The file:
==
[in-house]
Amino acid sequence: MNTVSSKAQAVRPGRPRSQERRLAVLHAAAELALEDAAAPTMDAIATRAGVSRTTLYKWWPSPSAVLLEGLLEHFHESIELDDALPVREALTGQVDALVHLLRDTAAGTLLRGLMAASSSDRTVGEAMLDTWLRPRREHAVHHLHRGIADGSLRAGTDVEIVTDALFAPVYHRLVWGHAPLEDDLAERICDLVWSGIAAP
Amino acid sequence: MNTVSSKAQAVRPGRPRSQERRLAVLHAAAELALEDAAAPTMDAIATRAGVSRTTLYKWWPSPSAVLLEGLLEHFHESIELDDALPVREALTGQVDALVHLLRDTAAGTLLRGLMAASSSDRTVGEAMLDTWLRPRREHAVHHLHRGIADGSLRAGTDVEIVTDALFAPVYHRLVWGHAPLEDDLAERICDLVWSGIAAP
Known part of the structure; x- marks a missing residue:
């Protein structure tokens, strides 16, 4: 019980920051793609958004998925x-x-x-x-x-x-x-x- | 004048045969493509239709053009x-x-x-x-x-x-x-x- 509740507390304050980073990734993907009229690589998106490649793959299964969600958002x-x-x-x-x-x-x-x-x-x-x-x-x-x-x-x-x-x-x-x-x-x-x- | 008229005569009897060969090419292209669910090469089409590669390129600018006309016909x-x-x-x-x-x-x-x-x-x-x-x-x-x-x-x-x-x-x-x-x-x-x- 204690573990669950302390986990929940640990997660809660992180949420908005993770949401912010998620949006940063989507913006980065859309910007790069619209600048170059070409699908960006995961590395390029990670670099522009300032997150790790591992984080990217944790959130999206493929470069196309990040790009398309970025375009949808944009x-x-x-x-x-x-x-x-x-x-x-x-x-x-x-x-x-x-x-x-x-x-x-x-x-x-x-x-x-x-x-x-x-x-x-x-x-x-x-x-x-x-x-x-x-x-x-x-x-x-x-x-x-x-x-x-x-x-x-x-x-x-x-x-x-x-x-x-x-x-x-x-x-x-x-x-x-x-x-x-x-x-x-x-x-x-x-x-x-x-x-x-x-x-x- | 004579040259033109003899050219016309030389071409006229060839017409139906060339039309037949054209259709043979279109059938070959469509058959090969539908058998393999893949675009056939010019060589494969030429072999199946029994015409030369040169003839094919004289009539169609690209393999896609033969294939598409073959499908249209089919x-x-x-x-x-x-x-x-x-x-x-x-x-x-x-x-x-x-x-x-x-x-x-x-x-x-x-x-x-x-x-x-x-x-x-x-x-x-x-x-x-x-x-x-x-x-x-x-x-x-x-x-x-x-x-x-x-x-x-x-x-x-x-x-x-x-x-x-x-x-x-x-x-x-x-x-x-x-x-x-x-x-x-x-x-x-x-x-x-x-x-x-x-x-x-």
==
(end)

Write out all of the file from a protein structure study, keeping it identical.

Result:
[in-house]
Amino acid sequence: MNTVSSKAQAVRPGRPRSQERRLAVLHAAAELALEDAAAPTMDAIATRAGVSRTTLYKWWPSPSAVLLEGLLEHFHESIELDDALPVREALTGQVDALVHLLRDTAAGTLLRGLMAASSSDRTVGEAMLDTWLRPRREHAVHHLHRGIADGSLRAGTDVEIVTDALFAPVYHRLVWGHAPLEDDLAERICDLVWSGIAAP
Amino acid sequence: MNTVSSKAQAVRPGRPRSQERRLAVLHAAAELALEDAAAPTMDAIATRAGVSRTTLYKWWPSPSAVLLEGLLEHFHESIELDDALPVREALTGQVDALVHLLRDTAAGTLLRGLMAASSSDRTVGEAMLDTWLRPRREHAVHHLHRGIADGSLRAGTDVEIVTDALFAPVYHRLVWGHAPLEDDLAERICDLVWSGIAAP
Known part of the structure; x- marks a missing residue:
């Protein structure tokens, strides 16, 4: 019980920051793609958004998925x-x-x-x-x-x-x-x- | 004048045969493509239709053009x-x-x-x-x-x-x-x- 509740507390304050980073990734993907009229690589998106490649793959299964969600958002x-x-x-x-x-x-x-x-x-x-x-x-x-x-x-x-x-x-x-x-x-x-x- | 008229005569009897060969090419292209669910090469089409590669390129600018006309016909x-x-x-x-x-x-x-x-x-x-x-x-x-x-x-x-x-x-x-x-x-x-x- 204690573990669950302390986990929940640990997660809660992180949420908005993770949401912010998620949006940063989507913006980065859309910007790069619209600048170059070409699908960006995961590395390029990670670099522009300032997150790790591992984080990217944790959130999206493929470069196309990040790009398309970025375009949808944009x-x-x-x-x-x-x-x-x-x-x-x-x-x-x-x-x-x-x-x-x-x-x-x-x-x-x-x-x-x-x-x-x-x-x-x-x-x-x-x-x-x-x-x-x-x-x-x-x-x-x-x-x-x-x-x-x-x-x-x-x-x-x-x-x-x-x-x-x-x-x-x-x-x-x-x-x-x-x-x-x-x-x-x-x-x-x-x-x-x-x-x-x-x-x- | 004579040259033109003899050219016309030389071409006229060839017409139906060339039309037949054209259709043979279109059938070959469509058959090969539908058998393999893949675009056939010019060589494969030429072999199946029994015409030369040169003839094919004289009539169609690209393999896609033969294939598409073959499908249209089919x-x-x-x-x-x-x-x-x-x-x-x-x-x-x-x-x-x-x-x-x-x-x-x-x-x-x-x-x-x-x-x-x-x-x-x-x-x-x-x-x-x-x-x-x-x-x-x-x-x-x-x-x-x-x-x-x-x-x-x-x-x-x-x-x-x-x-x-x-x-x-x-x-x-x-x-x-x-x-x-x-x-x-x-x-x-x-x-x-x-x-x-x-x-x-």